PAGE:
By Travis Masch As a cafe owner now, the term "service industry" carries a spiritual message with it. I believe that serving others leads one to develop the two most fundamental requirements for a truly spiritual path: being humble and letting go of ego. A customer walks up to the counter to place his order, and I must surrender an important personal phone call. I see that it is my attachment to encounters like this that lead to irritation or anger. If I dwell on someone's impatient manner it will only interrupt the flow of situations that arise and fade away. Our customers come and go in quick succession and my place behind the counter is an island where I stand rooted in the ever-flowing stream of requests and demands, as well as words of kindness and praise.
My task is to find a way to feel whole within myself. To do this I follow my breathing to unite mind and body and I also look for "bells of mindfulness" to help return to the present moment. Music can be such a "bell." "International" or "World Beat" music not only helps me find a natural and age-old rhythm to make my movements smooth and flowing, but also creates awareness of other regions of the planet. Despite war, poverty, and hunger there is still a song to create joy, community, and encouragment.
There are other opportunities to help me return to the present moment and myself. Holding a paper cup and listening to the sound of falling trees needed to make it encourages me to offer discounts to people who bring their own ceremic cups. When washing dishes I observe my breathing while reciting the gatha: "Washing the dishes is like bathing the baby Buddha. The profane is sacred.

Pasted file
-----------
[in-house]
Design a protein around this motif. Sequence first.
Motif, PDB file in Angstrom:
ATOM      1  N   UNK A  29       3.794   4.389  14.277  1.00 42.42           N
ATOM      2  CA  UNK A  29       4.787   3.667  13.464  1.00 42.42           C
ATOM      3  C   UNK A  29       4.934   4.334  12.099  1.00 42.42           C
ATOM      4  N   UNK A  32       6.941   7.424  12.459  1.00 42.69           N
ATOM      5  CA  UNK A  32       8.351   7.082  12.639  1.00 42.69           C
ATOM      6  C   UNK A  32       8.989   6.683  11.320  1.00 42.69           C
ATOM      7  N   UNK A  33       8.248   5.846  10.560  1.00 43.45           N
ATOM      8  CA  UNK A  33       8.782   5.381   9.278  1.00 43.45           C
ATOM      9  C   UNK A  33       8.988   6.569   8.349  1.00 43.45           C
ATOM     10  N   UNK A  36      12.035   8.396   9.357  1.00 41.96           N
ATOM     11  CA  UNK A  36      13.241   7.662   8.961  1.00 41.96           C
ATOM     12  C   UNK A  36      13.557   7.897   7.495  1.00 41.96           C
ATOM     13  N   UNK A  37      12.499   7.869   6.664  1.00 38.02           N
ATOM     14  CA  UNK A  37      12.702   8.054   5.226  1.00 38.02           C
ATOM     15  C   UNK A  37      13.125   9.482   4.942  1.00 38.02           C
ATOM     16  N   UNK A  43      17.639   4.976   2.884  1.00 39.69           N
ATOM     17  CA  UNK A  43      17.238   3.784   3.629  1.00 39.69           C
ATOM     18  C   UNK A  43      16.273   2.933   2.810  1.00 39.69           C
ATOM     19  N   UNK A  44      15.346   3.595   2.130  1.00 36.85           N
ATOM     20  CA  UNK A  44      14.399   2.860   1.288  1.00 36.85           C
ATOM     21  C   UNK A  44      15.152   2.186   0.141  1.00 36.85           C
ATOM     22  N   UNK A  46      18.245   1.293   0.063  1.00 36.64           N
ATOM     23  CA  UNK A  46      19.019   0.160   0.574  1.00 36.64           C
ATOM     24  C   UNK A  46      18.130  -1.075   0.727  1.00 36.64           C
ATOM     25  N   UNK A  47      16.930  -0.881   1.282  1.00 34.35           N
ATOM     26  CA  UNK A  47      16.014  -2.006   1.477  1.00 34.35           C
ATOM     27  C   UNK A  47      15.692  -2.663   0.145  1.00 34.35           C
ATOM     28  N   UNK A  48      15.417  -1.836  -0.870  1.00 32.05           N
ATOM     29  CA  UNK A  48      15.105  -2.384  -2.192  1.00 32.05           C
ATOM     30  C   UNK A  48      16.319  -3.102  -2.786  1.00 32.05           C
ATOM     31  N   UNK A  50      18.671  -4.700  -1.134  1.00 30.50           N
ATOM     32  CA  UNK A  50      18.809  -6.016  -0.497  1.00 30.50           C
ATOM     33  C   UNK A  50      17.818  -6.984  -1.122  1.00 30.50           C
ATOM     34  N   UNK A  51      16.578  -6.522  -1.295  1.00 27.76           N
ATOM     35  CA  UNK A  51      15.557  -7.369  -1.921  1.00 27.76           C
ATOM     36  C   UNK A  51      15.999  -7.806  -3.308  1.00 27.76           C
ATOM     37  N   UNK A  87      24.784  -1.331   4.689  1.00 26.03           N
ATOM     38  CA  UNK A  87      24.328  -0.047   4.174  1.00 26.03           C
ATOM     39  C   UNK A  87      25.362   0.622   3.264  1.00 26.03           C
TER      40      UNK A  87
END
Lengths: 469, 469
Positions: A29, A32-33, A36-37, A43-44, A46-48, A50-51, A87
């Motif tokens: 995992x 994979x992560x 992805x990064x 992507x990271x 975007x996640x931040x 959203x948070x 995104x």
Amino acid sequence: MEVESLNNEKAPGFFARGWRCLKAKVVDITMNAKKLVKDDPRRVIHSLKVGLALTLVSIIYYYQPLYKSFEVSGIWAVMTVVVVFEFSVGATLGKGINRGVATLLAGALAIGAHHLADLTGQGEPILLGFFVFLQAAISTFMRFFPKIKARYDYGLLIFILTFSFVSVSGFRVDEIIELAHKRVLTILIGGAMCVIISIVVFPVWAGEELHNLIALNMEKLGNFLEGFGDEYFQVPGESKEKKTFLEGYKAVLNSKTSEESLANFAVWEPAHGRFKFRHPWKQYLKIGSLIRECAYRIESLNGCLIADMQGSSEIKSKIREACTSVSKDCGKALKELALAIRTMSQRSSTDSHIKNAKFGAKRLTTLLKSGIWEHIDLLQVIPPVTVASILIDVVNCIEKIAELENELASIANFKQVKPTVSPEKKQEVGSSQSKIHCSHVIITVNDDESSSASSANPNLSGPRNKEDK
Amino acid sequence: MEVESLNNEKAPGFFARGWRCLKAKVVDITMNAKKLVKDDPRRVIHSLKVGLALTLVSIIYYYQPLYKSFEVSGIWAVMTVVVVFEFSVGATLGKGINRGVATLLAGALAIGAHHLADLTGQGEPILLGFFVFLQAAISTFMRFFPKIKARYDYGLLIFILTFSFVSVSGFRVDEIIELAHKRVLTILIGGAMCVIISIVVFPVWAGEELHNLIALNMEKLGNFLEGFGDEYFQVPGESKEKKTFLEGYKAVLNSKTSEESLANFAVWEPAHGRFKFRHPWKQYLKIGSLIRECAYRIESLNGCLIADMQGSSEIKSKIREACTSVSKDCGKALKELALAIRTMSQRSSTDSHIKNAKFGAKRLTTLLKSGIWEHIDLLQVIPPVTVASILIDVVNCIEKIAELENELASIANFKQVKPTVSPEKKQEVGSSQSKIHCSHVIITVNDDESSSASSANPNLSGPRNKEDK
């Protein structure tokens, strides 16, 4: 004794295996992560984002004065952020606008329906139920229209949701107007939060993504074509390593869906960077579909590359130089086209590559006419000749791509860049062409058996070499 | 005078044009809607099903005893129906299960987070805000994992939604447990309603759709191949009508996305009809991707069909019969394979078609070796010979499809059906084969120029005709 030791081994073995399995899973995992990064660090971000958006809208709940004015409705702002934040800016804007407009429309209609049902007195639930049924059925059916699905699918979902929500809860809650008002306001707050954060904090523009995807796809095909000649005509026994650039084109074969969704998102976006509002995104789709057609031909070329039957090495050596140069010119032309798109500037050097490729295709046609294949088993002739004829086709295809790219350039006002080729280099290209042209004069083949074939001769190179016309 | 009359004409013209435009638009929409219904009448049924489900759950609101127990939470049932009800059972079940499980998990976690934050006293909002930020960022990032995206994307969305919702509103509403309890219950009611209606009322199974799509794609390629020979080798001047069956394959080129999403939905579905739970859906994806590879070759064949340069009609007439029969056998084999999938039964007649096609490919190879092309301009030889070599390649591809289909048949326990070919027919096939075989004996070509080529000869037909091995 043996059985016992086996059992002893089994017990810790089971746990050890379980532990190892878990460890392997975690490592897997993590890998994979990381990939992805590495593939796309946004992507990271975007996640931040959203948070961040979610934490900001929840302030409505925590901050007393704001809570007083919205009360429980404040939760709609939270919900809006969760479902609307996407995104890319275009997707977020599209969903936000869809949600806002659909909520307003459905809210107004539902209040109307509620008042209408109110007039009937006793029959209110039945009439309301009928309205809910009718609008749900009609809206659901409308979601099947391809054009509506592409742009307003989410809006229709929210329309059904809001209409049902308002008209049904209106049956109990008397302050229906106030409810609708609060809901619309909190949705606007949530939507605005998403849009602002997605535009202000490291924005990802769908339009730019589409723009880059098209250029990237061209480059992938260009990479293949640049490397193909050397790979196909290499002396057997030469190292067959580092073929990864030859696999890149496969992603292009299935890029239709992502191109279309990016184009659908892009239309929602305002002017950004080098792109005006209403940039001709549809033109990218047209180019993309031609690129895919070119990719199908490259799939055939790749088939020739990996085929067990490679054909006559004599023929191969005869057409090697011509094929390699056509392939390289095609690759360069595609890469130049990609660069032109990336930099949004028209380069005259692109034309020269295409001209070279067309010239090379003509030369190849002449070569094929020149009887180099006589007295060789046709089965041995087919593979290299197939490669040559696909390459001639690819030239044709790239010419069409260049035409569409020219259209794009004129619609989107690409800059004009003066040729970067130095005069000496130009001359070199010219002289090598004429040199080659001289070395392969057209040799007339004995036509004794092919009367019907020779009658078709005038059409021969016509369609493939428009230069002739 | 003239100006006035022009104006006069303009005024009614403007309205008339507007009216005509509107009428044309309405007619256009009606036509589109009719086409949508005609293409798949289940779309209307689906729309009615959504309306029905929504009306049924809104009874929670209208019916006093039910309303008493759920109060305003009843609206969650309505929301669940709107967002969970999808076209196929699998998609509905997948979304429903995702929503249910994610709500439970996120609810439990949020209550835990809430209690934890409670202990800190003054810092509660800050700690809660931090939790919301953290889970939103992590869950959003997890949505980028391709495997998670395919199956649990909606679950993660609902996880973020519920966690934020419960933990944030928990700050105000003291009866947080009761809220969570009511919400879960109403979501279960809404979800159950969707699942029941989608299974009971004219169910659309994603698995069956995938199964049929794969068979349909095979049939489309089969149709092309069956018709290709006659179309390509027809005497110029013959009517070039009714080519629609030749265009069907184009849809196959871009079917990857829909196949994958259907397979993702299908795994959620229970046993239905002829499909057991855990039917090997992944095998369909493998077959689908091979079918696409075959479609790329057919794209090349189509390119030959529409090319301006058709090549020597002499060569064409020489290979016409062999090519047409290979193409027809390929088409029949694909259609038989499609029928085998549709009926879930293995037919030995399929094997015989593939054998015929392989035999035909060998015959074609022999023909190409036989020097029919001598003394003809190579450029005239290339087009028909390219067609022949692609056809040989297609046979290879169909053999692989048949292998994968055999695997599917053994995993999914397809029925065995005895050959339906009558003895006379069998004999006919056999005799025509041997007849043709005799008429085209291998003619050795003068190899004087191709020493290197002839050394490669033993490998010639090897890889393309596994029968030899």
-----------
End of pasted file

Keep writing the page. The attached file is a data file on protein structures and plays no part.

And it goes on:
Everyday mind is Buddha's mind." When I prepare food, I look deeply into each ingredient and see the long chain of events that brings it into my cafe. For example the tomato seed in Earth's rich soil, its green leaves reaching for the sun, the fruit slowly filling out with water from above and below, the farmer and his family who work the land and make a living, perhaps under more difficult conditions than me, the trucks and the gas and oil used to transport all the produce, the chemicals used to fertilize and preserve the fruit, give me a chance to look for ways to lower the burden such treatments impose on the Earth.
These contemplations can lead to nervousness in a customer who wants his sandwich NOW! as his lunch break is short. I hand over his lunch sack with a smile, knowing that with it he takes the "secret ingredient" of mindfulness. I hope that it is that which brings him back day after day, perhaps not realizing that he himself as well as I and the Earth and sky are all contained within the small brown paper bag that he takes with him back to work.
Travis Masch lives in San Francisco, where he owns the "One World Cafe."